The U.S. Department of Agriculture (USDA) and state governments provide inspection and grading. Grade AA and A eggs are defined as eggs that hold their shape well, with tall yolks and thick egg whites. The chalaza is prominent, another sign of freshness. Grade B eggs may have flattened yolks and the white tends to be thinner; typically these eggs are used by food manufacturers, bakers, and institutions.
The size of the egg is a reflection of the age, weight, and breed of the hen, with mature hens producing larger eggs. Environmental factors that lower the weight of an egg include heat, stress, overcrowding, and poor nutrition. Specific egg sizes are classified according to weight, expressed in ounces per dozen. Most recipes for baked dishes, such as custards and cakes, are based on the use of “Large” eggs.
This term refers to eggs laid by chickens that are permanently caged. Although they are not required to be labeled as such, eggs are from battery-raised hens unless labeling indicates otherwise.
Brown vs. white
The color of the egg’s shell is a reflection of the breed of hen. Breeds with white feathers and ear lobes, such as White Leghorns, lay white eggs. Those with red feathers or ear lobes lay brown eggs. White eggs are in high demand among most American buyers, but in certain parts of the country, particularly New England, brown shells are preferred. Breeds that lay brown eggs include the Rhode Island Red, New Hampshire, and Plymouth Rock varieties.
Duck eggs are larger than those laid by chickens, and have a higher fat content. The white tends to be more gelatinous, and the yolks are a brighter yellow. Physical characteristics of the yolk reflect both the duck’s diet and the egg’s freshness. In some cases the duck egg has a stronger flavor than a chicken’s egg. Scrambled or in omelets, duck eggs are well complemented by onions, peppers, mushrooms, or cheeses. Cooks accustomed to using duck eggs use them much like chicken eggs, taking into account their larger size. Some combine duck and chicken eggs to achieve the consistency they want in particular dishes. Professional bakers are said to prefer duck eggs because of their rich yolks and because the baked goods have better texture and hold their shape better. In Asian cuisine, duck eggs are sometimes pickled or preserved to make what are called “Thousand-Year-Old-Eggs.” Some people who are allergic to chicken eggs are able to tolerate duck eggs. Duck eggs are difficult to obtain and may be available only through specialty shops, Asian grocery stores, or by special order.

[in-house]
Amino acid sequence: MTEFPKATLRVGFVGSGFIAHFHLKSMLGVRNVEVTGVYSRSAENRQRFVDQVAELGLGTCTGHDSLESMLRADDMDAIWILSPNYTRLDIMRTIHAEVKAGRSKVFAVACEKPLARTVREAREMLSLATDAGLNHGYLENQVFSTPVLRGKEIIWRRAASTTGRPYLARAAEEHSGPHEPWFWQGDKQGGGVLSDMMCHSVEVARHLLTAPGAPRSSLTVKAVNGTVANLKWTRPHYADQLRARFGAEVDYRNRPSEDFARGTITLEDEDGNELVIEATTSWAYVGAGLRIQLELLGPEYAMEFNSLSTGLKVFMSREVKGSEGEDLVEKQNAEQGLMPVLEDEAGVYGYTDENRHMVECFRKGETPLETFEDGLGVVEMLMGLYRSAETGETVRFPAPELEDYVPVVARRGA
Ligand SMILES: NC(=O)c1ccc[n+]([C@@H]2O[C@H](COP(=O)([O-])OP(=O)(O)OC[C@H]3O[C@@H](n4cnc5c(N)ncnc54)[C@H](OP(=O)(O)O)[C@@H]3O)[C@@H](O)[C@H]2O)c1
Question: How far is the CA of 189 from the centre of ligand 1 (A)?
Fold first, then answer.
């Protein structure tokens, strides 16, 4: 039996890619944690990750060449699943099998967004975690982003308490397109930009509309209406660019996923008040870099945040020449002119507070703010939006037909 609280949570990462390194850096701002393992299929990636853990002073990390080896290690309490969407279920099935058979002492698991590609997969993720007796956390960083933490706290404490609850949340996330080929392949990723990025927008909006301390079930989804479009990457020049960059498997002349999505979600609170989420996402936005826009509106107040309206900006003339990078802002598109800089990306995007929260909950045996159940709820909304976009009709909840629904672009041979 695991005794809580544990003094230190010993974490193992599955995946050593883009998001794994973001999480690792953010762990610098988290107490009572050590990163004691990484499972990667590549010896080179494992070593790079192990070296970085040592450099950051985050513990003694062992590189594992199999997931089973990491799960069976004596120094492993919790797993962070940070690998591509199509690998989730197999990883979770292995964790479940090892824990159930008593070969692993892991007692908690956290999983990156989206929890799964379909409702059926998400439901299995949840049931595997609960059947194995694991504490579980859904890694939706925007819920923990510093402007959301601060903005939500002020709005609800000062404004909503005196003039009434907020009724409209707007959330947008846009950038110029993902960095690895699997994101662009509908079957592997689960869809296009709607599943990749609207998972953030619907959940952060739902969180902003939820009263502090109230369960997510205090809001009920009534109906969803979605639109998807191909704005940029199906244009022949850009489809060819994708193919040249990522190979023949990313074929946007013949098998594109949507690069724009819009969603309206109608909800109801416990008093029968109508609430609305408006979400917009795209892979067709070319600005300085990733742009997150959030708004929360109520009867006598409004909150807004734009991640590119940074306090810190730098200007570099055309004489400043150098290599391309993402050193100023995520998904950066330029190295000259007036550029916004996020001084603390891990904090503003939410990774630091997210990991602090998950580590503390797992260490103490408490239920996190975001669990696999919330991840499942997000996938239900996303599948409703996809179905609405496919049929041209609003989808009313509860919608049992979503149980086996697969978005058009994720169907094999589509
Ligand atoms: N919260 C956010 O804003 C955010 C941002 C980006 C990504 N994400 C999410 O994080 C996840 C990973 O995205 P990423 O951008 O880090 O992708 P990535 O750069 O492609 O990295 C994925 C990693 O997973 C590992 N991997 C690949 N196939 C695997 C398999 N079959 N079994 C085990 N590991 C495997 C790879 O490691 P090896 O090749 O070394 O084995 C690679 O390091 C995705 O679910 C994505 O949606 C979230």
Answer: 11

These eggs are laid by hens regularly exposed to a rooster.
Eggs labeled “free range” are laid by uncaged chickens that are permitted to exercise and move about. Under genuine free-range conditions, hens are raised outdoors or have daily access to the outside. Some egg farms are described as indoor-floor operations; in this type of environment, the hens are raised indoors, but have some freedom of movement.
The ostrich egg is said to have been a favorite food of Queen Victoria. Each egg contains the equivalent of about two dozen chickens’ eggs. An ostrich egg weighs about 3 pounds (1,360g); it would take roughly 40 minutes to hard-boil an ostrich egg.
Gourmets report that quail eggs are among the most delicious in the world. The eggs are small and fine (about 1/5 the weight of a chicken’s egg), with richly speckled shells that range in color from dark brown to blue or white. The nutritional content is comparable to that of chicken eggs, with flavor that is comparable or perhaps more delicate. Quail eggs are associated with gourmet cuisine. Some people who are allergic to chicken eggs find that they can tolerate quail eggs.
Copyright © 2016 Healthnotes, Inc. All rights reserved. www.healthnotes.com
The information presented in the Food Guide is for informational purposes only and was created by a team of US–registered dietitians and food experts. Consult your doctor, practitioner, and/or pharmacist for any health problem and before using any supplements, making dietary changes, or before making any changes in prescribed medications. Information expires June 2016.